Overall, I enjoyed the story and found it compelling. That said, there were definitely some aspects that detracted from my enjoyment. The first was the cis/allo/heteronormativity. None of the major characters are queer, and there was only a token mention of queerness with a minor lesbian character who showed up only once (if I recall correctly). The framing of the relationships and experiences of attraction were all otherwise very cis/straight/allo. That made the story somewhat difficult to relate to as a queer and trans and aroace-spec reader because the characters were following the usual nonqueer people script of getting married and having children and settling down in their late 20s.

The second thing that bothered me was the ableism. There was some casual ableist language in the writing in places, and then there was a particular plotline (can’t disclose details because of spoilers) where ableism was really pronounced and I was super uncomfortable.

The last thing was the way language was handled. I’m not sure how much of it was the author’s stylistic choice, or pressure from the editor/publisher/industry to cater to a monolingual English-speaking audience, or what, but the way Mandarin was integrated into the story felt really heavy-handed and at points very redundant to me. There was some over-explaining of Mandarin terms. I was somewhat forgiving of that.

What really stood out to me was a scene where a bunch of foods in a list: “mustard greens jie cai sauteed with tofu skin, golden chun juan spring rolls, duck blood ya xie soup with vermicelli, white cut chicken, sticky nian gao rice cakes…” and so on. If you translate the romanized Mandarin, it reads as “mustard greens mustard greens sauteed with tofu skin, golden spring rolls spring rolls, duck blood duck blood with vermicelli, white cut chicken, sticky rice cakes rice cakes.” As a multilingual reader who speaks Mandarin, this just came off as really grating and unnecessary, and I wished the author could have just stuck to using one language throughout the whole list or having a mix of the two languages but picking one language to name each item to avoid the redundancy. Of course, this is just my opinion, other bi-/multilingual readers may not mind, and those who don’t know Mandarin/Chinese may not even notice or care. The author is herself bilingual so I don’t intend to invalidate her experiences, but that’s just how I personally reacted to it.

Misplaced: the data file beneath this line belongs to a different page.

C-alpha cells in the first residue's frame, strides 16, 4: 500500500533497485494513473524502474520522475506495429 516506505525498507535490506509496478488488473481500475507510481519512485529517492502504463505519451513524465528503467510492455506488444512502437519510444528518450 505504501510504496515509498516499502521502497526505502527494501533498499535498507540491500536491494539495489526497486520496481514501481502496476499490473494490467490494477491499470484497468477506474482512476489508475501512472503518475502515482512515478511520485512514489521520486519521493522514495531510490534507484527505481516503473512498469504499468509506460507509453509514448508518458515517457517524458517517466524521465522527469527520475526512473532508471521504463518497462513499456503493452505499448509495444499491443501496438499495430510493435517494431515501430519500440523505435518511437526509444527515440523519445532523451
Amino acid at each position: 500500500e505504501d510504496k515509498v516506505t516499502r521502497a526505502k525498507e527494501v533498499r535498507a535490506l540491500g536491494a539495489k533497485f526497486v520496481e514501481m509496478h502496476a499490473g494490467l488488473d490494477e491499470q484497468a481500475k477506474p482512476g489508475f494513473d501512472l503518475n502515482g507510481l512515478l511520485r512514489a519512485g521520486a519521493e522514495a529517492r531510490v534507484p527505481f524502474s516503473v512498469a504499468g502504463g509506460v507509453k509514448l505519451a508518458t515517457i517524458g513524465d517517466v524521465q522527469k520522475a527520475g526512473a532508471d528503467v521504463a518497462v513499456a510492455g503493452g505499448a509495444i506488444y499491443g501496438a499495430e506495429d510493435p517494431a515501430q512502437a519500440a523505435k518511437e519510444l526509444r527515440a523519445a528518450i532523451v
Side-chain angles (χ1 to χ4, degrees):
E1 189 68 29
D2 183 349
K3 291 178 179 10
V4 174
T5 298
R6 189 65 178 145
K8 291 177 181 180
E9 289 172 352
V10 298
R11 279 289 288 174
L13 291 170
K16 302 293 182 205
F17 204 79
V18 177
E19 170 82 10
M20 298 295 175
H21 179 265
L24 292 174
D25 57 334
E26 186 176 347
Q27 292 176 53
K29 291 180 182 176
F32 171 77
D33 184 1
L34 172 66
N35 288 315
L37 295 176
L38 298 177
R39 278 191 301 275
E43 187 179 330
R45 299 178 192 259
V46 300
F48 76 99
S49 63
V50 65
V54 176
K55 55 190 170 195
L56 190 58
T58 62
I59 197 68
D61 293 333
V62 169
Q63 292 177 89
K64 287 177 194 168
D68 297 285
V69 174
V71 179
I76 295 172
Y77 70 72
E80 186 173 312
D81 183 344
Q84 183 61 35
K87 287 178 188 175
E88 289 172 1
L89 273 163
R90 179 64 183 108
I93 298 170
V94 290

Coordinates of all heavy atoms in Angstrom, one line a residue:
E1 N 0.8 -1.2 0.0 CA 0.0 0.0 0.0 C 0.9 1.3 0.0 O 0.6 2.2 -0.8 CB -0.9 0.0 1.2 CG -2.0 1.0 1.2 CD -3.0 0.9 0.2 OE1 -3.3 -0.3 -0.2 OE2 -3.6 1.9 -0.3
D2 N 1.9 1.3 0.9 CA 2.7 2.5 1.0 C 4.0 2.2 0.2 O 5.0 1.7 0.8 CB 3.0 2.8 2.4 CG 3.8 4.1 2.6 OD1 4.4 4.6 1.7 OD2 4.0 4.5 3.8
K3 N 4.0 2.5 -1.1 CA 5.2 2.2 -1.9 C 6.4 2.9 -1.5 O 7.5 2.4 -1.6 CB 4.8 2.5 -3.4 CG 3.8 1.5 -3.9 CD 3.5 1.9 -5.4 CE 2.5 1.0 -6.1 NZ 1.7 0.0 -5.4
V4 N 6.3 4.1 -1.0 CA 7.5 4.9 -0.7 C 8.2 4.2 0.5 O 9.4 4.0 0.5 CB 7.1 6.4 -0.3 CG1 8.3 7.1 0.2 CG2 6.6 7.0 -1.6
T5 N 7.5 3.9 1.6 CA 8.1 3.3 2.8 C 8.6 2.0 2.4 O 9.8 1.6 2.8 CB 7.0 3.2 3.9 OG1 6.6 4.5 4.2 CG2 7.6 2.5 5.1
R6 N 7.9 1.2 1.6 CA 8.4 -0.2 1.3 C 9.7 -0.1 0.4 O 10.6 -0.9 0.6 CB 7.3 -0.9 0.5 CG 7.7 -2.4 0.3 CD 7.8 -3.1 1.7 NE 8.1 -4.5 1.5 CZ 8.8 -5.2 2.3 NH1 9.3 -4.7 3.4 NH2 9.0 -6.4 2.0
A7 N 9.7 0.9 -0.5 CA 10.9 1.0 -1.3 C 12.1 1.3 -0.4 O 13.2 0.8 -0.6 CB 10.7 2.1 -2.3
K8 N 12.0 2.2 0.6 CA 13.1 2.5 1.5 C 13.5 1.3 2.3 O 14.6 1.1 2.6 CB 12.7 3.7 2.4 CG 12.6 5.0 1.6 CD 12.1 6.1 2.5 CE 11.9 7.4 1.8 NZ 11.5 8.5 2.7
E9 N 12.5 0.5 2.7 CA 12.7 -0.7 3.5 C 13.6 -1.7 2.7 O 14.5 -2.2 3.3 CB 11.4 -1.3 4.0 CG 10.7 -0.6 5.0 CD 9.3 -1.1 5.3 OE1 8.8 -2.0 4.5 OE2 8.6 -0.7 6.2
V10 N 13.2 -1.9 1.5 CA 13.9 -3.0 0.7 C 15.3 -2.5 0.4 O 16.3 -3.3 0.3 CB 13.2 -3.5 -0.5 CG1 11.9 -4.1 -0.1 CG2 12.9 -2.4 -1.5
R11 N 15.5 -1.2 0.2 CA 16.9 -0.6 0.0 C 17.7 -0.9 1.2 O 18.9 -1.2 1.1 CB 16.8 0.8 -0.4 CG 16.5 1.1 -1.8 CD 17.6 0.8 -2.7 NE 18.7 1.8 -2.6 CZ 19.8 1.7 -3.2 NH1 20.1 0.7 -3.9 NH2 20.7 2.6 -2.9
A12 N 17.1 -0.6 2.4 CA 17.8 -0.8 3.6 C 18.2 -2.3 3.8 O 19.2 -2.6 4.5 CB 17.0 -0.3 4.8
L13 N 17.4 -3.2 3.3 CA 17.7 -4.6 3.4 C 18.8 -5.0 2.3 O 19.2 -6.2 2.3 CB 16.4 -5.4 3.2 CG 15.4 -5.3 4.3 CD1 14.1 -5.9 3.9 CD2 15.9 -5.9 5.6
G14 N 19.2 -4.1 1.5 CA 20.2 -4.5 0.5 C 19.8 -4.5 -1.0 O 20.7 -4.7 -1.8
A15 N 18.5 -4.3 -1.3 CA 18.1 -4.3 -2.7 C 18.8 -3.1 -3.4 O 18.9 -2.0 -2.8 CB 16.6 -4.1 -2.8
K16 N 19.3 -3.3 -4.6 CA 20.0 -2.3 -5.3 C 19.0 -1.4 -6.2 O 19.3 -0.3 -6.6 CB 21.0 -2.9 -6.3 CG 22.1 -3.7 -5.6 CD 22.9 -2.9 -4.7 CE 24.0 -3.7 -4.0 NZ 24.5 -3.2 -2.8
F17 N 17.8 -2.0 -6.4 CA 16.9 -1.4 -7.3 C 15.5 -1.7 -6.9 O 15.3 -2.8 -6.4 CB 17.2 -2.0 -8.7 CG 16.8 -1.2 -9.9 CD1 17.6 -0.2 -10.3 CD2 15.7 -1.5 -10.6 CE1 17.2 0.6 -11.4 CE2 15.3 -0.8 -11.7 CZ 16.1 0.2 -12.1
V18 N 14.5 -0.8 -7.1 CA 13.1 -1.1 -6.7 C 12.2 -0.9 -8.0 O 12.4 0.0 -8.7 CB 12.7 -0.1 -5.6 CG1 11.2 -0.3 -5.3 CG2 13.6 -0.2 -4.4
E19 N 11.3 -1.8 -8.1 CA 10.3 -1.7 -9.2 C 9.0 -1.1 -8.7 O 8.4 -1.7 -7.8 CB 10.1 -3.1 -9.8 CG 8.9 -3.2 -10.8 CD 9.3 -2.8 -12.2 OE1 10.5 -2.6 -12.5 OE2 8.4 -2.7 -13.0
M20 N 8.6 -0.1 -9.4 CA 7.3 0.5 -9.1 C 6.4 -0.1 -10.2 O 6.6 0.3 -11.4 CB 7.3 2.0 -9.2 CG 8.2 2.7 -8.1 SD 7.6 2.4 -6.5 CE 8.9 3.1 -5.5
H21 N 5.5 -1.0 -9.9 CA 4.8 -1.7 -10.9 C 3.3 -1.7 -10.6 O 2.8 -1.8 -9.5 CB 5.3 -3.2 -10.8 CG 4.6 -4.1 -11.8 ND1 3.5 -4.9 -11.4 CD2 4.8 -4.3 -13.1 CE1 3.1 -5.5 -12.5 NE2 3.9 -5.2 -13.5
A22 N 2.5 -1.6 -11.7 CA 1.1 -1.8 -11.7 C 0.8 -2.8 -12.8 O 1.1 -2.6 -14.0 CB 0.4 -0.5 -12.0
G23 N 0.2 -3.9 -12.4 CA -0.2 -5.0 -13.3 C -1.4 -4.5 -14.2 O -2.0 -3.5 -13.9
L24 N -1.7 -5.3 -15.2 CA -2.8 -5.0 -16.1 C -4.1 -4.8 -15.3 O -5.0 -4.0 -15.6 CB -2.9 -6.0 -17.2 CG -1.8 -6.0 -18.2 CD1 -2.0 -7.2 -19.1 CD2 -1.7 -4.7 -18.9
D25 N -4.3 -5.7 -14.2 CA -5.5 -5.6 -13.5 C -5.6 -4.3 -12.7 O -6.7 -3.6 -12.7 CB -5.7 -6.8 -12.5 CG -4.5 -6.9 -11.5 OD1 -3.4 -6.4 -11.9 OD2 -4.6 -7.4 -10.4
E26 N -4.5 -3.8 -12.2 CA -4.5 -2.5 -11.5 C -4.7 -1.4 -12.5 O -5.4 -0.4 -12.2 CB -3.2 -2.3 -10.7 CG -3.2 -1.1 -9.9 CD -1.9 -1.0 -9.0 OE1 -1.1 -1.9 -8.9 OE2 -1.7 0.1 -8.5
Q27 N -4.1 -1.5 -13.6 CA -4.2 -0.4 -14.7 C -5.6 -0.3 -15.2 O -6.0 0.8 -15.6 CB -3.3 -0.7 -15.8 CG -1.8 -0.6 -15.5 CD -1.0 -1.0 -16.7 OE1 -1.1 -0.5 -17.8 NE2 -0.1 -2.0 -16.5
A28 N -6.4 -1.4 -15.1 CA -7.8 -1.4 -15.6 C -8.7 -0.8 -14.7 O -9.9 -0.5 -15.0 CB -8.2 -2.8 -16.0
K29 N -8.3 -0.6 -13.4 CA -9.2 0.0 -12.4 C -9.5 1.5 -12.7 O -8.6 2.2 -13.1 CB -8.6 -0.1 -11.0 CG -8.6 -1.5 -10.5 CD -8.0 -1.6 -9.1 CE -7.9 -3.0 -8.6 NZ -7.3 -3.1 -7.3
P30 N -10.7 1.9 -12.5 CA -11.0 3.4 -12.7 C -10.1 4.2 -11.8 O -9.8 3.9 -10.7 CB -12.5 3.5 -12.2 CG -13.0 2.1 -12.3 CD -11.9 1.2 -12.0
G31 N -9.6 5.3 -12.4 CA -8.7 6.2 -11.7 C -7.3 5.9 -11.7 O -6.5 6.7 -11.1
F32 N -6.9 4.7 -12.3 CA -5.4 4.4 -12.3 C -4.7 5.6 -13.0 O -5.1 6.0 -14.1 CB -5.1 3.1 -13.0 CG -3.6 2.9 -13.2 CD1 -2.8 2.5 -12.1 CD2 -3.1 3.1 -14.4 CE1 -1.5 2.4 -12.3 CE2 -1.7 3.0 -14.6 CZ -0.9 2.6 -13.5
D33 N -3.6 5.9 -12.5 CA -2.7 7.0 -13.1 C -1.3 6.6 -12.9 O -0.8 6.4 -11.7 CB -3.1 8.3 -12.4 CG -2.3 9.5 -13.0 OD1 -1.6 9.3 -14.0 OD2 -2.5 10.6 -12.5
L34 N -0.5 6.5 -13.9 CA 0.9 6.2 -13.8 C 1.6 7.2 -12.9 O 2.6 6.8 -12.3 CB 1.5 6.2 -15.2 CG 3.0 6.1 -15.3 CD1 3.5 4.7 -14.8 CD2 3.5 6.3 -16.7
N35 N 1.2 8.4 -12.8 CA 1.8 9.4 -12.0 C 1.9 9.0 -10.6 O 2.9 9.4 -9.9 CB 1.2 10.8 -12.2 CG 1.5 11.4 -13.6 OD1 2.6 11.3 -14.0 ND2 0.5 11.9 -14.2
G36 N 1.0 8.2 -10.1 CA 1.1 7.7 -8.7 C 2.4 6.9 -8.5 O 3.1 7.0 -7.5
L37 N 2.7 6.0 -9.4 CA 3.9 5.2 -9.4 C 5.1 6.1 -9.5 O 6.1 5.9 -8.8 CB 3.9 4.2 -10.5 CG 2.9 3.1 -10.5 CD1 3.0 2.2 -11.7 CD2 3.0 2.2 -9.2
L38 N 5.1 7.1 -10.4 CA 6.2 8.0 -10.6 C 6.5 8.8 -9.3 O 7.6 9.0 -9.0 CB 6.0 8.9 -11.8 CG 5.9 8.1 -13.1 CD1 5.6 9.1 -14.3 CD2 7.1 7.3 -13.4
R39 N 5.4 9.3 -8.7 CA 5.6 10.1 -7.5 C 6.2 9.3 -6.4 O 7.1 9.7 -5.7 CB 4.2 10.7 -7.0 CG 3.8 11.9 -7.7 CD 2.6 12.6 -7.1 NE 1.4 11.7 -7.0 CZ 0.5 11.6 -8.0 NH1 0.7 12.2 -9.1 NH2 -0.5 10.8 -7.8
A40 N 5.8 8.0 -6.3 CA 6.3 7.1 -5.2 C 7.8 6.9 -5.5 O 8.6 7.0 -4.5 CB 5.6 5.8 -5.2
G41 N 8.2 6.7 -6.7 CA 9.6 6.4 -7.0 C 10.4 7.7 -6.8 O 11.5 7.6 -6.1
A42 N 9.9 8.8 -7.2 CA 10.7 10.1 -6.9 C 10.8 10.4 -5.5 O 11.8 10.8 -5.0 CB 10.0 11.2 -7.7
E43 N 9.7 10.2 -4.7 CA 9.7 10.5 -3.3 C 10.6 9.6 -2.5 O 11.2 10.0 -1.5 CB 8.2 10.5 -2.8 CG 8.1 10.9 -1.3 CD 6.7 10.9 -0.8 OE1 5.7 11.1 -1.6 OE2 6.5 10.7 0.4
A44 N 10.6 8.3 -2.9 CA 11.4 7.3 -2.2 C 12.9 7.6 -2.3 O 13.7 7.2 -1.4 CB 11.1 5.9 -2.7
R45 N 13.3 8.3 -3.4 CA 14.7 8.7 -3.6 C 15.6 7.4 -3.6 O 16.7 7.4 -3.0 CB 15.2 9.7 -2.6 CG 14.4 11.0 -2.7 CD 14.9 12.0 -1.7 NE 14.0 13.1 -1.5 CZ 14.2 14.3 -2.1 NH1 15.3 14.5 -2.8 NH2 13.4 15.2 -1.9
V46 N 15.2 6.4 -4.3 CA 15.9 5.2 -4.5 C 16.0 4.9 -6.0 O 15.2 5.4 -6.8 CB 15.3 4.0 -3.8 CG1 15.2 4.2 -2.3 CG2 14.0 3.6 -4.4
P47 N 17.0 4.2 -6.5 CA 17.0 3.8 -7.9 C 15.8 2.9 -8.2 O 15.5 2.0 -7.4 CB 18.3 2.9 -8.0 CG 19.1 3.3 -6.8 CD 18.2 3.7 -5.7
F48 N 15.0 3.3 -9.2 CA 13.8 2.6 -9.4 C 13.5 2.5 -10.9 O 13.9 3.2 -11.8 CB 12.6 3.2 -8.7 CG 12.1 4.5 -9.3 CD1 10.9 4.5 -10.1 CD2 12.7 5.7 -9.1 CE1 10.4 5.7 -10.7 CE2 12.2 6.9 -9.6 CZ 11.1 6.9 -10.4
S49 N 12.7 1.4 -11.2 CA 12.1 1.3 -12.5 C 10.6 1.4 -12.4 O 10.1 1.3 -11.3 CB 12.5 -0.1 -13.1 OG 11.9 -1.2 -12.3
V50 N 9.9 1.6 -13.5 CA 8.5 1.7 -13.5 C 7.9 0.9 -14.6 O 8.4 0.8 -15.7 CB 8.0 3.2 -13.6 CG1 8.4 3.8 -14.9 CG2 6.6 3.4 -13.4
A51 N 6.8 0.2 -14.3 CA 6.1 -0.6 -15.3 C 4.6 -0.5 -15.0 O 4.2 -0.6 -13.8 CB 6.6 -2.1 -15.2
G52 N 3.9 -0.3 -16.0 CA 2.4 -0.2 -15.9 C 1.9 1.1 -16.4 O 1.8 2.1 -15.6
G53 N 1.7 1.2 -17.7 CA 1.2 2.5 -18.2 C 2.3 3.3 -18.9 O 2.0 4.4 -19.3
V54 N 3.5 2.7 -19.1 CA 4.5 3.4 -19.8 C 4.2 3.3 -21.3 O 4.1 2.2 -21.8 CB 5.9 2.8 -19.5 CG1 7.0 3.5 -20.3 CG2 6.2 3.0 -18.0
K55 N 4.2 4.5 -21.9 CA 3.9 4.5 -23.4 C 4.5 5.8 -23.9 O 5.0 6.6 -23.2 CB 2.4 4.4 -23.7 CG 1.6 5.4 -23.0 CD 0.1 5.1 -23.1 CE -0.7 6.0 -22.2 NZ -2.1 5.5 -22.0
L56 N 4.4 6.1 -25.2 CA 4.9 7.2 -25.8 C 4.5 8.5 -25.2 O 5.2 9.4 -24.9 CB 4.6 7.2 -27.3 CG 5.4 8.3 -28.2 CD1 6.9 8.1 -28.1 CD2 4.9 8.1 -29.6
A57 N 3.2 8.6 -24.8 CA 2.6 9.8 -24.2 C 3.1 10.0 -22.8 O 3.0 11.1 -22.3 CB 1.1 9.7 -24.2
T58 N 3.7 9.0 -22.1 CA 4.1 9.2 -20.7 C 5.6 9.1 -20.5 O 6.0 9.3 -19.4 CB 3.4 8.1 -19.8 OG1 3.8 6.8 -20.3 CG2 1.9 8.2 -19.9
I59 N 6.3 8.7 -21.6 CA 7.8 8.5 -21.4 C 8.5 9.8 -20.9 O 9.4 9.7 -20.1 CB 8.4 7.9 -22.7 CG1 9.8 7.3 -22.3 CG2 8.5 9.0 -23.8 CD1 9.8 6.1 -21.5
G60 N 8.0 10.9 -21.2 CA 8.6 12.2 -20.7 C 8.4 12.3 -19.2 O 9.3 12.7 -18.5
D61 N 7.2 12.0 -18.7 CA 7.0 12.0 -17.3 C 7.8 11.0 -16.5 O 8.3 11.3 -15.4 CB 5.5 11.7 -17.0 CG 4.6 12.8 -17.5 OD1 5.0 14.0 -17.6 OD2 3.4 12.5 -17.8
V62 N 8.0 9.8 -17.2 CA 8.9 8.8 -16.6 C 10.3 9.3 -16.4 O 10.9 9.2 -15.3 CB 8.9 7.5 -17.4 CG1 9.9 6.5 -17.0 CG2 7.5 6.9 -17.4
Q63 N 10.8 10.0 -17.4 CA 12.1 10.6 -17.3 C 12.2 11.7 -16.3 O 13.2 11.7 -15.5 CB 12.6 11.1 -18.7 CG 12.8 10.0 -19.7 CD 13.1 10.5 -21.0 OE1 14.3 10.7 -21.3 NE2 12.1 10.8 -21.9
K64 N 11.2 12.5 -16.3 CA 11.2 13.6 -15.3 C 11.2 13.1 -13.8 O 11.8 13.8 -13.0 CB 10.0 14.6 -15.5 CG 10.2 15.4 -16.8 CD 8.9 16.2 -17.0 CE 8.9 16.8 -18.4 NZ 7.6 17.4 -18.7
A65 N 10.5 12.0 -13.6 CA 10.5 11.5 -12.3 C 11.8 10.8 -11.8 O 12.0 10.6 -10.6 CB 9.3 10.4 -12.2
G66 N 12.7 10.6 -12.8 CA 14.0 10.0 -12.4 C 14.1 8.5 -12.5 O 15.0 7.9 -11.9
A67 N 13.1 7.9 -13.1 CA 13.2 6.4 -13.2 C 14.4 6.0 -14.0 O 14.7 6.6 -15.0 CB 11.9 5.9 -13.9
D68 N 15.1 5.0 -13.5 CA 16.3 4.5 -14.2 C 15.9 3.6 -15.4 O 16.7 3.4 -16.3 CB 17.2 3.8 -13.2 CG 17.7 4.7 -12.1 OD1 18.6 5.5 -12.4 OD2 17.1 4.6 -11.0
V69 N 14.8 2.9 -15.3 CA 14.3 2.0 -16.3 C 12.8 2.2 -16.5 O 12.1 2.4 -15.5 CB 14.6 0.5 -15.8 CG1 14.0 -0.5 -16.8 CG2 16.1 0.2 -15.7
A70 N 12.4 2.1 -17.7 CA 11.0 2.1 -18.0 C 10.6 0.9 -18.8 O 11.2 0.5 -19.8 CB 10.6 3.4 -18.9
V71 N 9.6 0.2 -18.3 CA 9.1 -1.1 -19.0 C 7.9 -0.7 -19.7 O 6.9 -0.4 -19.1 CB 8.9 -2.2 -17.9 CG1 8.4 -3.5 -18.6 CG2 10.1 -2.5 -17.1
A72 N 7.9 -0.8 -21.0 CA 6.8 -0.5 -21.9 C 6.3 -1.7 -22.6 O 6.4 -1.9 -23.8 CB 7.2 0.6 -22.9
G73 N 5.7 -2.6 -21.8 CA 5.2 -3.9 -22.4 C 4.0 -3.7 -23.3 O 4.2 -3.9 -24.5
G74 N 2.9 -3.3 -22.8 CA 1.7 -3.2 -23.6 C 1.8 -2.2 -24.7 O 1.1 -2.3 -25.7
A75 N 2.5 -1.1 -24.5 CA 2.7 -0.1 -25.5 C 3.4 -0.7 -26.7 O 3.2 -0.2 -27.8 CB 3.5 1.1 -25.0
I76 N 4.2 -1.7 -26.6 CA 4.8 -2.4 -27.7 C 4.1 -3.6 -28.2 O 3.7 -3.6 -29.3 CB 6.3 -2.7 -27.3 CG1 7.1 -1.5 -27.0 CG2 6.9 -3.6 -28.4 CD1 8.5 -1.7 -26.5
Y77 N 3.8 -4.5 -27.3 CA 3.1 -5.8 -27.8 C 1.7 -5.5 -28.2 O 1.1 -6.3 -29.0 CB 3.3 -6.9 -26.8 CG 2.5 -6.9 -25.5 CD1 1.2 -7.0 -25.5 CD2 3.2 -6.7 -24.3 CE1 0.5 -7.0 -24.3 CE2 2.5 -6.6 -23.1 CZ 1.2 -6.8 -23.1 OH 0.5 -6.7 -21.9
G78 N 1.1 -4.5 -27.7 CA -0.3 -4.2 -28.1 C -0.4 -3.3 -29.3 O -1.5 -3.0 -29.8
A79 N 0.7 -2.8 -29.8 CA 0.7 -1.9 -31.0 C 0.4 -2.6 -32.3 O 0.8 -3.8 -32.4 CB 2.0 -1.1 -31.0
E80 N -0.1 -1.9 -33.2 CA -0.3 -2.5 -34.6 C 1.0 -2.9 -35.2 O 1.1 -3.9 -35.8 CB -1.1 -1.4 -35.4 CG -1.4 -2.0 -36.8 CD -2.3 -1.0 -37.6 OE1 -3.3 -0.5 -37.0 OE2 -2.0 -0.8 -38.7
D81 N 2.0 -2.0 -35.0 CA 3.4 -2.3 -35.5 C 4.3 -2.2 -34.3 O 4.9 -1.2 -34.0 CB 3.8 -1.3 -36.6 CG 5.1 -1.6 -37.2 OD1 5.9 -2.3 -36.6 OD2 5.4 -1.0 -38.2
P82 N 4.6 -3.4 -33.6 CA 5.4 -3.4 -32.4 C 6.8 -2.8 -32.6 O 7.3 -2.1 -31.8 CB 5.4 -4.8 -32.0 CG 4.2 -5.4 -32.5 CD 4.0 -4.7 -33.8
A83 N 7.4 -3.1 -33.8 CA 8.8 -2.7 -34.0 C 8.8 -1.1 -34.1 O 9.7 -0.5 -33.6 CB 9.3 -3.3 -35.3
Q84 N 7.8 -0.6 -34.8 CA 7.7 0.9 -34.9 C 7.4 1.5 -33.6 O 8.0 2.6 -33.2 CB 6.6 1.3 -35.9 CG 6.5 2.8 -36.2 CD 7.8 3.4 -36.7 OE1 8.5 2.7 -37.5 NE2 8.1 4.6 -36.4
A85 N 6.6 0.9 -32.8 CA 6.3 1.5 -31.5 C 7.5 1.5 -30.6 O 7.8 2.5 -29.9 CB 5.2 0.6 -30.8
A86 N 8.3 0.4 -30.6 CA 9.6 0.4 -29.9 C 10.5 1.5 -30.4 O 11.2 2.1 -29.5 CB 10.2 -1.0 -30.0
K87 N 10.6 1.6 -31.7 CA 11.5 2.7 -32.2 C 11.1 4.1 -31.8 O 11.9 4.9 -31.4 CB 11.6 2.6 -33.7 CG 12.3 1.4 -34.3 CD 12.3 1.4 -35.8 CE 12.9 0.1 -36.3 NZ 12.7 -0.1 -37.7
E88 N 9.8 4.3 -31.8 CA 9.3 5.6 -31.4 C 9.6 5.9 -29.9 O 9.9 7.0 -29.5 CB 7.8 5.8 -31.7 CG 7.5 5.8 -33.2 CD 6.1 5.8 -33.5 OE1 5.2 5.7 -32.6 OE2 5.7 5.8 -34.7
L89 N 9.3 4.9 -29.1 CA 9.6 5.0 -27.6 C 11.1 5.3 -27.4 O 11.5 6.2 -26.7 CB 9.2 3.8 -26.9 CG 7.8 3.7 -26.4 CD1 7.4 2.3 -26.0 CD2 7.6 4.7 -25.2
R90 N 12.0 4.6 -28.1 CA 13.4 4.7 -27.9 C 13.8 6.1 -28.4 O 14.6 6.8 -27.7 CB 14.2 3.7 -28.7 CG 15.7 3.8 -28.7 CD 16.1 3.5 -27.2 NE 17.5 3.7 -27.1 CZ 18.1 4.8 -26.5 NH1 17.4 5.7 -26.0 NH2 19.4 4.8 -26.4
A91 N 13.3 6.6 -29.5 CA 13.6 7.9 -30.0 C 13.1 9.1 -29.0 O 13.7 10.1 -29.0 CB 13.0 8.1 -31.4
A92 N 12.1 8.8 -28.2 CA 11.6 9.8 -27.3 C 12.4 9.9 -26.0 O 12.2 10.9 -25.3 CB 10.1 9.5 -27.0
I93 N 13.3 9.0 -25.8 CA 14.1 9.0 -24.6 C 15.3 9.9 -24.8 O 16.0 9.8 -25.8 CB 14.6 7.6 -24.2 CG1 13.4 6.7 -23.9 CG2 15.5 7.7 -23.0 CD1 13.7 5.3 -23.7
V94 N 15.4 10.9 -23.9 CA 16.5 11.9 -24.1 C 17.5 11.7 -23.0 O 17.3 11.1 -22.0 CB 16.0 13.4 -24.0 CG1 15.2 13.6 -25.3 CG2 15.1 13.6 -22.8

Content/Trigger Warnings: sexual harassment/assault, cheating, racism, misogyny, ableism, death of parents


Book Links:

Goodreads | Amazon | Book Depository | Barnes & Noble | IndieBound | Alibris

About the Author:

Crystal Z. Lee is a Taiwanese American bilingual writer and a member of the Asian Authors Alliance. She has called many places home, including Taipei, New York, Shanghai, and the San Francisco Bay Area. She was formerly a public relations executive who had worked with brands in the fashion, beauty, technology, and automotive industries. Love and Other Moods is her first New Adult novel. Her debut children’s book is forthcoming in 2021.

Author Links: 

[Blog Tour] Review and Fanart for Peter Lee’s Notes from the Field by Angela Ahn and Julie Kwon

Hi, everyone, and happy Year of the Ox! I’m pretty busy with school, but I’m still trying to do book reviews and blog tours. Today’s review is for Peter Lee’s Notes from the Field, written by Angela Ahn and illustrated by Julie Kwon. I read Angela Ahn’s debut novel, Krista Kim-Bap, back in 2018, so it was nice to get a chance to review this second novel of hers. This blog tour is hosted by Hear Our Voices Book Tours and you can find out more about the other tour stops on their tour launch page.

Book Info: 

Publisher: Penguin Random House
Release Date: March 2, 2021
Genre: Middle Grade Fiction

Synopsis: